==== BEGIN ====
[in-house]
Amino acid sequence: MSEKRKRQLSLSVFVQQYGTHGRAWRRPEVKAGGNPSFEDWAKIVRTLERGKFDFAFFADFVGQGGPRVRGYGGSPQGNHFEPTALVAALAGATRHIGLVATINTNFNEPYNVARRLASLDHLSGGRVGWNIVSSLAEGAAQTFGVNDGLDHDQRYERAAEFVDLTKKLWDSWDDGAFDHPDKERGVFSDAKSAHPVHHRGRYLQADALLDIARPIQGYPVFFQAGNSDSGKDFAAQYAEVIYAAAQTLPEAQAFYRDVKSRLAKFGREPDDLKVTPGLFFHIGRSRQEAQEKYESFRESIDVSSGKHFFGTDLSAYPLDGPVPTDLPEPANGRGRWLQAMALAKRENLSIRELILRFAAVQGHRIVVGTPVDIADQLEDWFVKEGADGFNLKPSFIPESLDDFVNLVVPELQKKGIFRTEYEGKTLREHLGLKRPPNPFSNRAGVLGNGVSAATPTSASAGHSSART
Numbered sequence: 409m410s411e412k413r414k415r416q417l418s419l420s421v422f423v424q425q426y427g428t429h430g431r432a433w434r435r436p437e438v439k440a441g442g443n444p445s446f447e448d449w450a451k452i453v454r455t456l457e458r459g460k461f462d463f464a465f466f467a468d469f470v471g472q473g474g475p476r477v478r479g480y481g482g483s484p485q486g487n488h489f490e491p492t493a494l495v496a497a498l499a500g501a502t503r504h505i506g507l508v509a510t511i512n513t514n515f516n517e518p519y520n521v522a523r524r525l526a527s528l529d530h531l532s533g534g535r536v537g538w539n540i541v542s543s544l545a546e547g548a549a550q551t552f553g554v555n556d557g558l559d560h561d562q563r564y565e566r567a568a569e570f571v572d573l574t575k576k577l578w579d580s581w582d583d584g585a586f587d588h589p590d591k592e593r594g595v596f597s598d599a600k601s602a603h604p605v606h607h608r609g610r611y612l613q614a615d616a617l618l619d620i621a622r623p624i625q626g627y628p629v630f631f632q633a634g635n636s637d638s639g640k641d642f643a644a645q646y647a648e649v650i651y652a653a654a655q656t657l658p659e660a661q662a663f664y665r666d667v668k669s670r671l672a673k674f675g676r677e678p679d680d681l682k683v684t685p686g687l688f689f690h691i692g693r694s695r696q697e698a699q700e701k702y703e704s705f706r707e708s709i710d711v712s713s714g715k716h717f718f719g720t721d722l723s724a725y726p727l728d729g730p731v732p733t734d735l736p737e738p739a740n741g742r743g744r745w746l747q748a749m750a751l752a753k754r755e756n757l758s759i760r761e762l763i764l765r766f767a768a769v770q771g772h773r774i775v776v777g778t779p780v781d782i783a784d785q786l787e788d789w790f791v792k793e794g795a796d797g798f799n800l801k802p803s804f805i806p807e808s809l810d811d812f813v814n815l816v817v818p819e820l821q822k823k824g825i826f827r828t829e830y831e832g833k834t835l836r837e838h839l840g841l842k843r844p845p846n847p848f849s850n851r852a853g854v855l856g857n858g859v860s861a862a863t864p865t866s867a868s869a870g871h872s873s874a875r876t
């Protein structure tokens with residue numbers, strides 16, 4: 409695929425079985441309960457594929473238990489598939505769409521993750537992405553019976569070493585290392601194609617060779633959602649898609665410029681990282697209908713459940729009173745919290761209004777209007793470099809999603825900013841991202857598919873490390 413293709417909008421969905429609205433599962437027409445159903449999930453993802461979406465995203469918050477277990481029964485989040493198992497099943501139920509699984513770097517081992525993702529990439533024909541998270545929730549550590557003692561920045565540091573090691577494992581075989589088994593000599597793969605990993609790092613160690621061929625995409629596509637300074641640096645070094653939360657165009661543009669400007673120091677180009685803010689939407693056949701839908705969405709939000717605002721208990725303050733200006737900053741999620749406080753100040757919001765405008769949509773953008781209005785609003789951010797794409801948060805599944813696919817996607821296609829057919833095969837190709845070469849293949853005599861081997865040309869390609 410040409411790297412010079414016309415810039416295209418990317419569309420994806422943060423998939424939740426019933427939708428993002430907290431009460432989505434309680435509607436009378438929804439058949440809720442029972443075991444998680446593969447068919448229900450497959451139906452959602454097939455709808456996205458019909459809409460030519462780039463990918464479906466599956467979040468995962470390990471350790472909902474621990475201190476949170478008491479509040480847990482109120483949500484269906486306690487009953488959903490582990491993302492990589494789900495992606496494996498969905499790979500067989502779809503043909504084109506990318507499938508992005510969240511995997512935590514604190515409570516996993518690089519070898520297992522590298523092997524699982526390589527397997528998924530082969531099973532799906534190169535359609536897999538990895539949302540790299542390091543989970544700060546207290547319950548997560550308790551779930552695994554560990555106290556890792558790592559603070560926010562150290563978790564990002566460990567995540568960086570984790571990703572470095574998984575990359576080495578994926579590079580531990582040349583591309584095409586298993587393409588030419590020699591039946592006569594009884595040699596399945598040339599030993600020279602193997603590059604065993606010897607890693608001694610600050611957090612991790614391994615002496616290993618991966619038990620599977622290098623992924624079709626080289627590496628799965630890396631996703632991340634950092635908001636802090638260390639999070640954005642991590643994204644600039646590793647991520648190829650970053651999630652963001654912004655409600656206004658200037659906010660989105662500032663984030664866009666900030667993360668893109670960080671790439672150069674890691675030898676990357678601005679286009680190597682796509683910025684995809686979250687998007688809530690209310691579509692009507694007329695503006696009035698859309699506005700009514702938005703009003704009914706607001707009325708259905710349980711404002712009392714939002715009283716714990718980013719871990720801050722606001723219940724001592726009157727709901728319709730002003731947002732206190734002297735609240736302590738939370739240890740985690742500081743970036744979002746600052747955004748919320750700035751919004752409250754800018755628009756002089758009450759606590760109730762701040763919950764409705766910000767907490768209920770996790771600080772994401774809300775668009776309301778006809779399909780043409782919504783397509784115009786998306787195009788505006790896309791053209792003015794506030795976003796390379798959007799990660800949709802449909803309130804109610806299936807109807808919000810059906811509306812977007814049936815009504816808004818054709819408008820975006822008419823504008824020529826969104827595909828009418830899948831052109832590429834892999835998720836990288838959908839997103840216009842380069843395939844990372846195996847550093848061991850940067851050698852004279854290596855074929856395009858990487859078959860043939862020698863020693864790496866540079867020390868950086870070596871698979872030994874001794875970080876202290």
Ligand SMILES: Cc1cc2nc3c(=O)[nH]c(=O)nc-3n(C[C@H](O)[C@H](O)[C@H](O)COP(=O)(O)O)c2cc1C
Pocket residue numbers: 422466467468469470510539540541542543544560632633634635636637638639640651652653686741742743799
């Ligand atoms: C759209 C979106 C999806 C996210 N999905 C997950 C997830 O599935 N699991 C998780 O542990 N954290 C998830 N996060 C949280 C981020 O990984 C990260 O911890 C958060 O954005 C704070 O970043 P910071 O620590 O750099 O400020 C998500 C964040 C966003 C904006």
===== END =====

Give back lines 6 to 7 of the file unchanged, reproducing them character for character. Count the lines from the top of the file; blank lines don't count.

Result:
Pocket residue numbers: 422466467468469470510539540541542543544560632633634635636637638639640651652653686741742743799
């Ligand atoms: C759209 C979106 C999806 C996210 N999905 C997950 C997830 O599935 N699991 C998780 O542990 N954290 C998830 N996060 C949280 C981020 O990984 C990260 O911890 C958060 O954005 C704070 O970043 P910071 O620590 O750099 O400020 C998500 C964040 C966003 C904006």